Vatican police on Saturday apprehended an American and a Dutch man who were allegedly trying to deposit billions of euros and US dollars in fake bonds in the Vatican Bank.
The two men were stopped by police when they approached one of the guarded gates at the Vatican and asked to be let through to the Institute for Religious Works, as the bank is formally known, Vatican spokesman Federico Lombardi said.
The reportedly fraudulent bonds were discovered in a briefcase the pair was carrying and they were then handed over to the Guardia di Finanza, Italy’s financial law enforcement agency, which found fake passports and other falsified documents in their hotel rooms.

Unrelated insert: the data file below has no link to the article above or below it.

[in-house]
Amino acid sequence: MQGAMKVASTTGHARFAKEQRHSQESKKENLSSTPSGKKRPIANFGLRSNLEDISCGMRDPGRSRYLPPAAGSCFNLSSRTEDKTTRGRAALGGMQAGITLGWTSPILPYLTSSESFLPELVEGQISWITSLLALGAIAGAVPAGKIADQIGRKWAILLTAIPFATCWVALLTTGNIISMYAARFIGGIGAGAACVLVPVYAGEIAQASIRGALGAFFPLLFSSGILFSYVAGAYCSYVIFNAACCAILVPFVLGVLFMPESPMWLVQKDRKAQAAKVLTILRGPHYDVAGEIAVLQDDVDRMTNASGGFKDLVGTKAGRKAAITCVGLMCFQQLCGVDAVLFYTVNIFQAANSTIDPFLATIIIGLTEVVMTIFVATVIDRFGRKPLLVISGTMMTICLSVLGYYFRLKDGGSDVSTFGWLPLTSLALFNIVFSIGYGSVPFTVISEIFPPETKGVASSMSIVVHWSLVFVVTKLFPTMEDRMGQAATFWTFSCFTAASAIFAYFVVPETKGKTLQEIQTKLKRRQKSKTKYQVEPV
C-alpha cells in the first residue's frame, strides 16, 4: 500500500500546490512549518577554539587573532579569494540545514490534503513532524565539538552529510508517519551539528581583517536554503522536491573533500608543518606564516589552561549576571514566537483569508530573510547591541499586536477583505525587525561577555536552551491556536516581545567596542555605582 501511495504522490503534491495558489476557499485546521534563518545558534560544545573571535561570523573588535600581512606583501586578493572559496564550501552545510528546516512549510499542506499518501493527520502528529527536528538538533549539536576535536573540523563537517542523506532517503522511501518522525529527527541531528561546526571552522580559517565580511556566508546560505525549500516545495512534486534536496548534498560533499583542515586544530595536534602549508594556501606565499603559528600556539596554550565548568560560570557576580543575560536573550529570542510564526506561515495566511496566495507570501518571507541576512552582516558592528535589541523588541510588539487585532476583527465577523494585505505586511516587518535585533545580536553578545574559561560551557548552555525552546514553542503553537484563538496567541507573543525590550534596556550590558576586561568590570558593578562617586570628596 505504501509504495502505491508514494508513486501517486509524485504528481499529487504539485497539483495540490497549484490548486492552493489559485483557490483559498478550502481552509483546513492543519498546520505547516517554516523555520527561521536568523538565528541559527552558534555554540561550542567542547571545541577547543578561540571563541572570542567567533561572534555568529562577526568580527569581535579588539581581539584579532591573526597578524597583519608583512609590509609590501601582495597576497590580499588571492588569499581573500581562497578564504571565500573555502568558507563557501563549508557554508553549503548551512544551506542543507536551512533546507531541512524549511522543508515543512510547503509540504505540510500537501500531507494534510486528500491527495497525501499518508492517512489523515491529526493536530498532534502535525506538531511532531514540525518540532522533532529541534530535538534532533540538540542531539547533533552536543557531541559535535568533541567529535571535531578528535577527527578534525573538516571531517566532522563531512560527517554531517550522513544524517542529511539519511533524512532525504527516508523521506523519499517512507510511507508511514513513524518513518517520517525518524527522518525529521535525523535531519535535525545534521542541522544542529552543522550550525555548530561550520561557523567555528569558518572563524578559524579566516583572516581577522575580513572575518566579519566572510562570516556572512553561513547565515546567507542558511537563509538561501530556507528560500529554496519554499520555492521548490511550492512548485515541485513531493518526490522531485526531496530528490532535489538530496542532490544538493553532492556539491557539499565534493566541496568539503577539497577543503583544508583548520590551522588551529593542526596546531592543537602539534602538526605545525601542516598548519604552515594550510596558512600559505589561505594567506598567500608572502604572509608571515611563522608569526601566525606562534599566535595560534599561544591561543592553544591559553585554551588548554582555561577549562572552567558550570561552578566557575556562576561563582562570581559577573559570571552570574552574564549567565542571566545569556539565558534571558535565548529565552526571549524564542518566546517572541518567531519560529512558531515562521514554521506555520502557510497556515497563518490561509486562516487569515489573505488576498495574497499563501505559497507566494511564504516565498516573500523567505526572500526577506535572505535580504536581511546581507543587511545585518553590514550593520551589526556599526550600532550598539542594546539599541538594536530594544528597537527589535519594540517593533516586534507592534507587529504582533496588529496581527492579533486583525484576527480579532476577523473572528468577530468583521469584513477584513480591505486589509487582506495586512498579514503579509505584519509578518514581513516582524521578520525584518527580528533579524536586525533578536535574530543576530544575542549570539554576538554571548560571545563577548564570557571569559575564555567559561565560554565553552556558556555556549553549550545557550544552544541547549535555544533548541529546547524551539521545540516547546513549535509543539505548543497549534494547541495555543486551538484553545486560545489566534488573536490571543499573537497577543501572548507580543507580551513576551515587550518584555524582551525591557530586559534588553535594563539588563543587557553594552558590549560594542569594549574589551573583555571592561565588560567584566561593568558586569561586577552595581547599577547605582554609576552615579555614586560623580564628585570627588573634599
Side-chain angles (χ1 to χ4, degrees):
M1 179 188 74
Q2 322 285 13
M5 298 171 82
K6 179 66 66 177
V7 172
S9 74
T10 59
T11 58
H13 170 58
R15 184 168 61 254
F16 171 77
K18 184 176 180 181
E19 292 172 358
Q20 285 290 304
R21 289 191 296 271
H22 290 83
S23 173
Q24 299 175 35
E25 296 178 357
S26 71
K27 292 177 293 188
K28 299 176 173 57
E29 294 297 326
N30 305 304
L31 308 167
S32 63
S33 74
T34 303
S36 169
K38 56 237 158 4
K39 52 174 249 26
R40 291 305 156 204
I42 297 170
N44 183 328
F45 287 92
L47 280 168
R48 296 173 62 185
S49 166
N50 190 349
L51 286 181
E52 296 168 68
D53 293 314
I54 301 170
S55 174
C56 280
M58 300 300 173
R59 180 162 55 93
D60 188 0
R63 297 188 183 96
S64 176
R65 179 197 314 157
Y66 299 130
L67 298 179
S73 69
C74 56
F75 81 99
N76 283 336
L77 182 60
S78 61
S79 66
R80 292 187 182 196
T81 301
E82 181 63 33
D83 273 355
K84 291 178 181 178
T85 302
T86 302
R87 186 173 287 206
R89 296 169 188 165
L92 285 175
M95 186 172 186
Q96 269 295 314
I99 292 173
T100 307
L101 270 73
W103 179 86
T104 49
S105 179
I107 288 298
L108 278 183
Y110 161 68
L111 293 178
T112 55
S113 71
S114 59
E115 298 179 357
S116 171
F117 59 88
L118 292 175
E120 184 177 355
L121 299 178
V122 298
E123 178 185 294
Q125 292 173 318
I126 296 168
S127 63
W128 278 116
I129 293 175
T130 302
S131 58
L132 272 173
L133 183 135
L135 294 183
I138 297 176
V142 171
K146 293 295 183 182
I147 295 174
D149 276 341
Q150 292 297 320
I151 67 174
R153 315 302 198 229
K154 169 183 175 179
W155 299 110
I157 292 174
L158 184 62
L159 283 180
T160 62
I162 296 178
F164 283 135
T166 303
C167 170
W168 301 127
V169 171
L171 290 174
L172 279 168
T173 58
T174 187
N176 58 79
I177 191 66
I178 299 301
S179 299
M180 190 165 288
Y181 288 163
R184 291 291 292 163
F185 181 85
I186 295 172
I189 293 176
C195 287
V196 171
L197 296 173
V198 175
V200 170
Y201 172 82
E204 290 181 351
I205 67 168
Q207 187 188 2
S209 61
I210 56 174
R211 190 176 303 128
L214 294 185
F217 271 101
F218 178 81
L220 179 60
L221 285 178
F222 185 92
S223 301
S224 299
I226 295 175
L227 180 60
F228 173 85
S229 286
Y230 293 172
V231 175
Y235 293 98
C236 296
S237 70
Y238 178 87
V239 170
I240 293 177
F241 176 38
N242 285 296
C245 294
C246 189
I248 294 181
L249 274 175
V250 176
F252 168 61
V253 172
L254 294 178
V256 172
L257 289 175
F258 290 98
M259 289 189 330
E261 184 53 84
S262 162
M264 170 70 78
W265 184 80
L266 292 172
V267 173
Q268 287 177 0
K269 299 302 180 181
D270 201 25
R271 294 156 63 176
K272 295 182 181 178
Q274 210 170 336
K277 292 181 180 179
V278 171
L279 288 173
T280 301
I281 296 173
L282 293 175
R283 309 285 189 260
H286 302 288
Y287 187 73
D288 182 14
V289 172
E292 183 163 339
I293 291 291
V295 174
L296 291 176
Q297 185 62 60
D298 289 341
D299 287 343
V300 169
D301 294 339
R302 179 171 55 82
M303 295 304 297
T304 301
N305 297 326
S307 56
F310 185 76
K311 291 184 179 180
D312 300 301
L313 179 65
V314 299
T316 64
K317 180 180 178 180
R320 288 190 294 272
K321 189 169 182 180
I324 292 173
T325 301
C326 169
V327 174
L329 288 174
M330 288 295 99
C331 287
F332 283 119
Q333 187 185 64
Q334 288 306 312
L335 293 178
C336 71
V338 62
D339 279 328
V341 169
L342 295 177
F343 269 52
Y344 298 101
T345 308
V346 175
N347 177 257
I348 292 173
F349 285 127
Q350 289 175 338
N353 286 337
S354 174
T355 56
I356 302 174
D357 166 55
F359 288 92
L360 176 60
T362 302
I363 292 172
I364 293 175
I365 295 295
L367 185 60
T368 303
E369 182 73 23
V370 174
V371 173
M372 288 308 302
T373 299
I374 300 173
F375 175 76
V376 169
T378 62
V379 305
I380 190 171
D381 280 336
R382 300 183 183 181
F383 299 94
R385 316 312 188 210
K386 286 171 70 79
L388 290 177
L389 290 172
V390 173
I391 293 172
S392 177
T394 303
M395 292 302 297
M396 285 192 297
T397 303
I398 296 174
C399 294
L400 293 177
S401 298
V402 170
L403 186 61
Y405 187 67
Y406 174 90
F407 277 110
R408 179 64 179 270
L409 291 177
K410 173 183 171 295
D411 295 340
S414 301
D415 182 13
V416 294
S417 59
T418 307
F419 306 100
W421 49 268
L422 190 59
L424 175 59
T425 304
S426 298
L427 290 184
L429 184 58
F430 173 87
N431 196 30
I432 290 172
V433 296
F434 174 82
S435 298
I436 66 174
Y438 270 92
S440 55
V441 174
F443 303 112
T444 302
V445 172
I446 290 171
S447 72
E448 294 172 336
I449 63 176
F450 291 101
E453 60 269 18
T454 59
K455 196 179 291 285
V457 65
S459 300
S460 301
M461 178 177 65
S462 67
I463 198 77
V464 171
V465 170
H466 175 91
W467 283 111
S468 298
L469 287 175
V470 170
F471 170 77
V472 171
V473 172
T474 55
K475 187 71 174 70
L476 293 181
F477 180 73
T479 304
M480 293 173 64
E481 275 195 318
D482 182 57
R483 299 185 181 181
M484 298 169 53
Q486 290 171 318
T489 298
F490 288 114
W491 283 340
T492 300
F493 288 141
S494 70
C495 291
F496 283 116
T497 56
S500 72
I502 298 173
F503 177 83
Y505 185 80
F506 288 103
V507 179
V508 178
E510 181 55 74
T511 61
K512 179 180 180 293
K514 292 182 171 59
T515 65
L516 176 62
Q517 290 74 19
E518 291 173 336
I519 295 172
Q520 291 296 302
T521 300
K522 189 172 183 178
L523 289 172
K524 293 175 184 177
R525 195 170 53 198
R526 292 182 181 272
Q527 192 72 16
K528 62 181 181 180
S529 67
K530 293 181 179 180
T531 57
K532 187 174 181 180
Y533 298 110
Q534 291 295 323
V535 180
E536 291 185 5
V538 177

The haul came a day after Italian prosecutors said that two former top Vatican Bank executives will go on trial for money laundering in a case that led to the seizure of 23 million euros (US$32 million).
Institute for Religious Works press officer Max Hohenberg said that the US and Dutch suspects “are neither clients of the bank, nor were they expected.”
The bank, which handles the accounts of Catholic clerics and congregations around the world, has a murky reputation, but the Vatican has vowed to clean it up and bring it in line with international laws.
Lombardi said Saturday’s incident “shows the controls are working, but I don’t think we’re talking about a plot by criminal masterminds if they managed to get caught at the first hurdle.”
The Institute for Religious Works has a troubled history, including the 1982 collapse of the Banco Ambrosiano — in which the Holy See was the main shareholder — and which had been accused of laundering money for the Sicilian mafia.